Jeremy Lin

After doing some wonderful things with limited playing time, Jeremy Lin is waiting for Steve Clifford to realize that the Charlotte Hornets will benefit in the short and long run if he starts playing his (right now) backup point guard more minutes.

It’s as simple as that. Lin is averaging just 22.6 minutes per game, but is second on the team’s points per minute rate behind Jeremy Lamb. It’s the same with other important metrics: PER, win share per 48 minutes, which comes with the team’s highest usage ratio (26.4%). The problem is Lin isn’t spending enough minutes on the floor, despite the Hornets being 4.5 points better per 100 possession when he’s on the floor compared to his minutes on the bench.

Head coaches, among other things, need to learn from their mistakes. They don’t have to admit it. Clifford can keep saying Kemba Walker is his starting point guard and most important player if he wants. But the facts point to a different direction. And learning, a lot of times, means watching video. And if Clifford and his coaching staff do their due diligence, they’ll see that as they head into their second meeting with the Chicago Bulls this season, their best minutes came when Lin was on the floor.

We saw it in preseason, we saw it in the 130-105 win over the Bulls. Lin gave Chicago, who are still adjusting to life under a new head coach, a lot of problems every time he had the ball. It wasn’t just the much smaller Aaron Brooks that got torched. It was Derrick Rose, E’Twaun Moore and anyone else who tried stopping him. We saw the same thing from Lin in the wins against the Minnesota Timberwolves and New York Knicks. It seems that his confidence isn’t shaken up by Clifford yo-yoing him in the first three quarters, and a confident Lin is a very difficult player to deal with from a defensive standpoint.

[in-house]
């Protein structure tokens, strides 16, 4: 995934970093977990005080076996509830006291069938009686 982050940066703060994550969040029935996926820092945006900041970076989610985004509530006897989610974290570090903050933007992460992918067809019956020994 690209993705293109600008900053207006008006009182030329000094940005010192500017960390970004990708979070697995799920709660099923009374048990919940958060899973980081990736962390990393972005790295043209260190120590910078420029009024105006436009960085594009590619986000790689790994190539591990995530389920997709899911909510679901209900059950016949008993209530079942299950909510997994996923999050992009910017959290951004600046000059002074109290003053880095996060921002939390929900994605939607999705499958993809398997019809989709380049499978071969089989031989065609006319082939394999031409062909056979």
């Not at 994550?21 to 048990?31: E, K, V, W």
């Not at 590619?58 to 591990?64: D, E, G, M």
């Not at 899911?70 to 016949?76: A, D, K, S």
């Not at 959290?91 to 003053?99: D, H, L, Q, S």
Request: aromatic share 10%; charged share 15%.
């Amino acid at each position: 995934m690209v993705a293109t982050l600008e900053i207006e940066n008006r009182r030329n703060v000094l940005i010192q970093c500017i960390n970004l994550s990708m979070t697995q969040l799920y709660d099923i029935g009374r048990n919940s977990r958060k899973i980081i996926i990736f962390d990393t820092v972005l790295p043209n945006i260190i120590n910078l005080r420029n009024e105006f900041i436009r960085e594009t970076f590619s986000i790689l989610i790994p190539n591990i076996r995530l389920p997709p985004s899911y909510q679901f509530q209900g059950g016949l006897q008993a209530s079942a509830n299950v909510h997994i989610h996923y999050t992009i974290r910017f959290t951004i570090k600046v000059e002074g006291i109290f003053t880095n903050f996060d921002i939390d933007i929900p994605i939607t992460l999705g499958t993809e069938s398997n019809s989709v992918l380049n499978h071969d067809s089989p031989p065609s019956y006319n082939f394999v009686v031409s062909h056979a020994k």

Lin is posting his best per minute numbers since beginning his NBA career, with 21.1 points per 36 minutes. His shooting numbers aren’t better than before, but he’s changed as a player. He’s looking a lot more for his own shot, getting to the line more than ever before and starting to take advantage of his own advantages with a lot of mismatch opportunities to put up points, not just looking for others, which is difficult on a team with very few players moving without the ball.

Image: Source

Image: Source

Maybe it’s Lin deciding that the way to promote himself is scoring points, although he mostly does it with relatively good shot selection. Not perfect, and he’s had a couple of bad games this season in which he could have made much better choices, but when looking at the big picture, Lin is no longer just the best passer and playmaker on this team; most of the time he might be their best offensive option, period. Passing, finishing, you name it.

His points per minute might drop when he starts getting more time, but it doesn’t matter. Those numbers shouldn’t matter. Lin getting more exposure shouldn’t be what Steve Clifford worries about. He should care only about what makes this team play its best basketball; to win games. Through eight games this season and especially in his last two, helping the Hornets bounce back to .500, it’s been proven time and time again that having Lin on the floor makes the Hornets a better team.

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